Hotel Calcutta

Paper Type: Book Print | Size: 216 x 140mm
Black and white; 224 pages; Paperback
ISBN-10: 9381523738 | ISBN-13: 978-93-81523-73-5

 350 |  15 |  6.99

The century-old Hotel Calcutta run by an Englishman, is under threat from land sharks who want to raze it and build a shopping mall. As the staff stare at uncertain times, a monk turns up at the hotel and prophesies that the hotel will still stand only if a wall of stories can be built. Peter Dutta—the manager—though a little unsure, is ready to give it a shot and begins looking for a storyteller. A painter, who has just stepped into the bar, volunteers to tell the first story. Next is Peter’s turn. As the storytelling fever catches on, new guests arrive every day, among them a shifty-eyed producer of porn flicks, an American woman who hears the footsteps of a dead soldier in the corridor and finally an odd pair who pretend to be war historians. It seems they have all arrived there with a purpose. Will their stories protect the hotel or will it crumble under the sledgehammers of the land sharks.


`Sheer power of storytelling'-  The Telegraph

`A persuasive artist...Hotel Calcutta invites a hungry, urgent reading' - Asian Review of Books

`A very innovative frame story'- Journal of Commonwealth Literature

`An astounding work that interrogates the myriad surfaces of reality' - Indian Literature, Sahitya Akademi

Rajat Chaudhuri
Rajat Chaudhuri

Rajat Chaudhuri has published six books in two languages including fiction and translation. He selected and edited The Best Asian Speculative Fiction (2018) collection of stories and is an editor of a forthcoming Asia-Pacific solar-punk anthology to be co-published by RIHN, Japan and World Weaver Press, US. Chaudhuri’s climate change novel, The Butterfly Effect (2018) is listed as one of `Fifty Must-Read Eco-disasters in Fiction’ by Book Riot (US) and has been widely mentioned in national media for its parallels with the Covid-19 pandemic.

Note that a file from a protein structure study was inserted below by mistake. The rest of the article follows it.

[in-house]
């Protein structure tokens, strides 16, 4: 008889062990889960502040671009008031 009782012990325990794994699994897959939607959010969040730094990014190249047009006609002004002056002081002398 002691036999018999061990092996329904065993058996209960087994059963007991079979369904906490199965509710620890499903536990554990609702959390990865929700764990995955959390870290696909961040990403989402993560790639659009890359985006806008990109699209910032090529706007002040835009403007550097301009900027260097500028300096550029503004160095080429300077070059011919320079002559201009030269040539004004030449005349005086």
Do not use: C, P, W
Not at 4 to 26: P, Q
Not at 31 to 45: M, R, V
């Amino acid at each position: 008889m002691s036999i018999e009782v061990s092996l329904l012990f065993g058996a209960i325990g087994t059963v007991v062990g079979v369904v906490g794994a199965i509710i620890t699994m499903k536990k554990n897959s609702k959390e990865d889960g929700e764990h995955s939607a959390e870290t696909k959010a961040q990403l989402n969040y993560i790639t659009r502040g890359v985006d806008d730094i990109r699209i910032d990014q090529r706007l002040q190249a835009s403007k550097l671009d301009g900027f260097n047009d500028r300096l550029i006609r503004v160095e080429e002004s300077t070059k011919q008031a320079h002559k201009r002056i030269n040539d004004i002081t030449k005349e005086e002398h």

Rajat has won a number of writing fellowships and international residency awards including British Council administered Charles Wallace Fellowship (UK), Hawthornden Fellowship (Scotland, UK), Ministry of Culture, Korea (ARKO)-INKO residency award (South Korea), Villa Sarkia residency award (Finland, invited 2020) and Sangam House (India) residency. 

He has done book readings, offered workshops, presented  keynotes, panel talks, presentations and other speaking assignments about climate change, better futures, storytelling, climate change fiction (cli-fi), environmental science fiction, pandemics health and environment among other issues in a variety of venues including Museum of Science Fiction, Washington D.C., US, George Washington University, US, Hong Kong University of Science and Technology, Hong Kong, Sahitya Akademi, Delhi, National Library of India, Osmania University, Dongguk University, Seoul, Chichester University, UK and several other places. He has published book reviews, essays, articles for The Telegraph, New Indian Express, Outlook, American Book Review, Asian Review of Books, The Statesman, Anandabazar Patrika (Bengali) and elsewhere. 

As an environment activist Chaudhuri has contributed to the UNDP Human Development Report besides writing monographs and articles and he has been a climate advocate at the United Nations, New York. He recently finished translating an anthology of Bengali poetry and is currently putting finishing touches to a slipstream novel on madness.